In his general audience today, Benedict XVI resumed his series of catecheses on leading figures of the early Church, turning his attention to Tertullian. He is known as the first great Christian author to write in Latin and was born in Carthage around the year 150.
Addressing a throng of 32,000 people gathered for the audience, the Pope noted how Tertullian, "yielded vital fruits that it would be inexcusable to undervalue." His influence extended "from language and the recovery of classical culture to the identification of a shared 'Christian soul' in the world and the formulation of new prospects for human coexistence."
Tertullian "converted to Christianity because it seems he was attracted by the example of the martyrs. ... However, an overly individual search for the truth as well as the intemperance of his character gradually led him to abandon communion with the Church."
In his apologetic writings, Tertullian set two objectives for himself: "refuting the terrible accusations made by pagans against the new religion and, in a more constructive and missionary sense, communicating the Gospel message in dialogue with the culture of his time."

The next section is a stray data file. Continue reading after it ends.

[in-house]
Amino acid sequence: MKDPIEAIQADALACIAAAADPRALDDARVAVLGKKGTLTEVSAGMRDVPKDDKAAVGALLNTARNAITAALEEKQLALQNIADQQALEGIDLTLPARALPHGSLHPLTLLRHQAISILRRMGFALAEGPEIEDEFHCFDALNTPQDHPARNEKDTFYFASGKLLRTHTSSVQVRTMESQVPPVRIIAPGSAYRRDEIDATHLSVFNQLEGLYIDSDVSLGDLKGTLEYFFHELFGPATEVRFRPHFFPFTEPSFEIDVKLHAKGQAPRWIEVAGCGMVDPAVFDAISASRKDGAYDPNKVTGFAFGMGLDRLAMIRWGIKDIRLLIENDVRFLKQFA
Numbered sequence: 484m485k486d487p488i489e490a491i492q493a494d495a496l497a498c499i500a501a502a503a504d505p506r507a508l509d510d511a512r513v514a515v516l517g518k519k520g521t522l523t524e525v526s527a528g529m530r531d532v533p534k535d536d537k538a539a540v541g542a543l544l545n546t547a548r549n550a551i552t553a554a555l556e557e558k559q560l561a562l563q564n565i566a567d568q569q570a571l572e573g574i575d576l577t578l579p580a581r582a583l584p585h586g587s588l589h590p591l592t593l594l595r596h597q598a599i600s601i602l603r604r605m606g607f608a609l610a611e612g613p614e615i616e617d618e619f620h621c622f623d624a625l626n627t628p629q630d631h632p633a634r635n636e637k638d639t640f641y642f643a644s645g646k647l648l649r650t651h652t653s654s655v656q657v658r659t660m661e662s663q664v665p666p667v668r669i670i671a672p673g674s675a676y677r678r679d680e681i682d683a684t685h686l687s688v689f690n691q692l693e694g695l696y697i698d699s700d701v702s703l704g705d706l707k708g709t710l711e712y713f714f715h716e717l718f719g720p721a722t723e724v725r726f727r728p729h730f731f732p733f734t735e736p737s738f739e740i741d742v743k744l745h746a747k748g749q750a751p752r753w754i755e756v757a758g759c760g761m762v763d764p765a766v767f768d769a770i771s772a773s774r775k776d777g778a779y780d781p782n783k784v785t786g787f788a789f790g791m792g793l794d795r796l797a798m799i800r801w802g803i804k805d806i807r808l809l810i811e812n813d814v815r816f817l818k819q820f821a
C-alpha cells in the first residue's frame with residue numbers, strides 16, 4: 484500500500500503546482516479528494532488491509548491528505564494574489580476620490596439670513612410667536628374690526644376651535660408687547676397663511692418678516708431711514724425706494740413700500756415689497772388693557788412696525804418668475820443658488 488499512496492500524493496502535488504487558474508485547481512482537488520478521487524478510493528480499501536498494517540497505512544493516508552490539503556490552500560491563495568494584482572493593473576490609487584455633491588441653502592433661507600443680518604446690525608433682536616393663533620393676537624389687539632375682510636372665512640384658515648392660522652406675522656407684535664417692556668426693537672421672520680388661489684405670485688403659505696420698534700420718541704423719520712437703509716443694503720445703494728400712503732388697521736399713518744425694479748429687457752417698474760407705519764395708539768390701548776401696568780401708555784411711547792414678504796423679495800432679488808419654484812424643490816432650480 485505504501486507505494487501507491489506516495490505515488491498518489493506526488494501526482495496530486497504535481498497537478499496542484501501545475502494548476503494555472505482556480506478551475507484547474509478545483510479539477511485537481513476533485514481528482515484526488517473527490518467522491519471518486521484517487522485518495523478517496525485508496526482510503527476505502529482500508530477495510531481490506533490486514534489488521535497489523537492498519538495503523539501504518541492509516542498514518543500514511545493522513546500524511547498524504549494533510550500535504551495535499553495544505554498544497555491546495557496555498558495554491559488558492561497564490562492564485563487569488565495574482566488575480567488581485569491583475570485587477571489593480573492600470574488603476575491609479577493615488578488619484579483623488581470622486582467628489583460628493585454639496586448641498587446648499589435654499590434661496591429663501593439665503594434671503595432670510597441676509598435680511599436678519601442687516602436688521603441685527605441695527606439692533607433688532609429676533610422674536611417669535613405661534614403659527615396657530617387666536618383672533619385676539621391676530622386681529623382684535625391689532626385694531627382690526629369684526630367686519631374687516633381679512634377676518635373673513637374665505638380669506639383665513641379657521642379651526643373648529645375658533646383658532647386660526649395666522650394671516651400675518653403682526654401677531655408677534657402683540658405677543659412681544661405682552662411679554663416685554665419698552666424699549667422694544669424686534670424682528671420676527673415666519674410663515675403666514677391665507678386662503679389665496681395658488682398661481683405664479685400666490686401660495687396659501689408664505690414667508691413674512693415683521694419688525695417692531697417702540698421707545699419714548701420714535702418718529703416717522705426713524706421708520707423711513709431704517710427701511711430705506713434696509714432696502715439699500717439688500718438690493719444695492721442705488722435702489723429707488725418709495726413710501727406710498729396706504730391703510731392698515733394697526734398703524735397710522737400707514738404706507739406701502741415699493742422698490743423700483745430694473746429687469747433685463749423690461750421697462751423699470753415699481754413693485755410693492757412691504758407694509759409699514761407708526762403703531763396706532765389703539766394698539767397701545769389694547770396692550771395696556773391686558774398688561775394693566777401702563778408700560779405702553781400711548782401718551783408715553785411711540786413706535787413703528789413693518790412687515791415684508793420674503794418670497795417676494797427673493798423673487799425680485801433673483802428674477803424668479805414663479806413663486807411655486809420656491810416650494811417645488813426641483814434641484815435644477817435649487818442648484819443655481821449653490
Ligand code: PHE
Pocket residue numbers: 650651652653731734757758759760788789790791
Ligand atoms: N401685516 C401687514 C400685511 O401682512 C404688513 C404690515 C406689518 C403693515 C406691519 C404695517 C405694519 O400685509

Tertullian also "made a significant contribution to the development of Trinitarian dogma," said the Pope. "Using Latin, he gave us a language appropriate for expressing this great mystery, introducing the terms 'one substance' and 'three Persons'."
"No less important," the Pope added, "is Tertullian's Christology," as well as his writings "on the Holy Spirit, ... on the Church (which he always recognizes as mother), ... on the moral conduct of Christians and on the life to come, ... on Mary, ... on the Sacraments, ... on the Petrine primacy and on prayer."
Pope Benedict focused in on the hopeful tone of the theologian’s writings, "In particular this apologist exhorted Christians to hope, which according to his writings is not just a virtue in itself but something that invests every aspect of Christian life. Thus the resurrection of the Lord is presented as the foundation for our own future resurrection and represents the principal object of Christians' expectations."
Tertullian "remains an interesting witness of the early Church, when Christians found themselves as the real protagonists of 'new culture' in the encounter between classical heritage and the evangelical message." His work "evokes the perennial continuity between authentic human values and Christian values."
Another important affirmation of Tertullian, is that "Christians cannot hate even their own enemies" from which arises the "ineluctable moral consequence" that non violence is "a rule of life. And the dramatic relevance of this teaching today," the Pope concluded, "is also evident in the light of the animated debate over religions."